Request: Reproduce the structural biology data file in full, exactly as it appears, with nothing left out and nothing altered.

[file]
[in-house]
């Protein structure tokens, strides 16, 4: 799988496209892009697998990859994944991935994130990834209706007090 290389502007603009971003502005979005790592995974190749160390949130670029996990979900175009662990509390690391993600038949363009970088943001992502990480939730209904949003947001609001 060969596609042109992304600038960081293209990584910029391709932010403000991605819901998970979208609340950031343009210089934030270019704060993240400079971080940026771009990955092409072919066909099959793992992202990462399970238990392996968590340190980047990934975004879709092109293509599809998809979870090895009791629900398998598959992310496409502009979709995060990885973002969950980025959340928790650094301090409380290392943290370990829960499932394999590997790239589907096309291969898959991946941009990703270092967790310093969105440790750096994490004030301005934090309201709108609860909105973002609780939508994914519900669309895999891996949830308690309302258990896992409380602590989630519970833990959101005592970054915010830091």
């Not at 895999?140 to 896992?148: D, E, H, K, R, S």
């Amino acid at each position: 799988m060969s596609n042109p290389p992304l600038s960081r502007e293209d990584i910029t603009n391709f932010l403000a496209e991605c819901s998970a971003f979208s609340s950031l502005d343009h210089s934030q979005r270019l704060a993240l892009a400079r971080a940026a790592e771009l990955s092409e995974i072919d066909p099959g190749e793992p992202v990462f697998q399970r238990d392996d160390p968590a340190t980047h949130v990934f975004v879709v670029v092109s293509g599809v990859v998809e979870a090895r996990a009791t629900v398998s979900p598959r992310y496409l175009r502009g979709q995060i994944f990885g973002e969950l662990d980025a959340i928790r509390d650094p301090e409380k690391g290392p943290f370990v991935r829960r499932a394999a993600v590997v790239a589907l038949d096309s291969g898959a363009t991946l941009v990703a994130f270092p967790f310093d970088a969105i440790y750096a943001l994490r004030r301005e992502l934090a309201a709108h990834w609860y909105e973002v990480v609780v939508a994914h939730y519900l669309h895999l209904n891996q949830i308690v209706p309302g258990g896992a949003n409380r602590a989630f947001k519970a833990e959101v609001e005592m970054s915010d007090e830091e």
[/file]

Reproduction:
[in-house]
């Protein structure tokens, strides 16, 4: 799988496209892009697998990859994944991935994130990834209706007090 290389502007603009971003502005979005790592995974190749160390949130670029996990979900175009662990509390690391993600038949363009970088943001992502990480939730209904949003947001609001 060969596609042109992304600038960081293209990584910029391709932010403000991605819901998970979208609340950031343009210089934030270019704060993240400079971080940026771009990955092409072919066909099959793992992202990462399970238990392996968590340190980047990934975004879709092109293509599809998809979870090895009791629900398998598959992310496409502009979709995060990885973002969950980025959340928790650094301090409380290392943290370990829960499932394999590997790239589907096309291969898959991946941009990703270092967790310093969105440790750096994490004030301005934090309201709108609860909105973002609780939508994914519900669309895999891996949830308690309302258990896992409380602590989630519970833990959101005592970054915010830091």
């Not at 895999?140 to 896992?148: D, E, H, K, R, S």
């Amino acid at each position: 799988m060969s596609n042109p290389p992304l600038s960081r502007e293209d990584i910029t603009n391709f932010l403000a496209e991605c819901s998970a971003f979208s609340s950031l502005d343009h210089s934030q979005r270019l704060a993240l892009a400079r971080a940026a790592e771009l990955s092409e995974i072919d066909p099959g190749e793992p992202v990462f697998q399970r238990d392996d160390p968590a340190t980047h949130v990934f975004v879709v670029v092109s293509g599809v990859v998809e979870a090895r996990a009791t629900v398998s979900p598959r992310y496409l175009r502009g979709q995060i994944f990885g973002e969950l662990d980025a959340i928790r509390d650094p301090e409380k690391g290392p943290f370990v991935r829960r499932a394999a993600v590997v790239a589907l038949d096309s291969g898959a363009t991946l941009v990703a994130f270092p967790f310093d970088a969105i440790y750096a943001l994490r004030r301005e992502l934090a309201a709108h990834w609860y909105e973002v990480v609780v939508a994914h939730y519900l669309h895999l209904n891996q949830i308690v209706p309302g258990g896992a949003n409380r602590a989630f947001k519970a833990e959101v609001e005592m970054s915010d007090e830091e």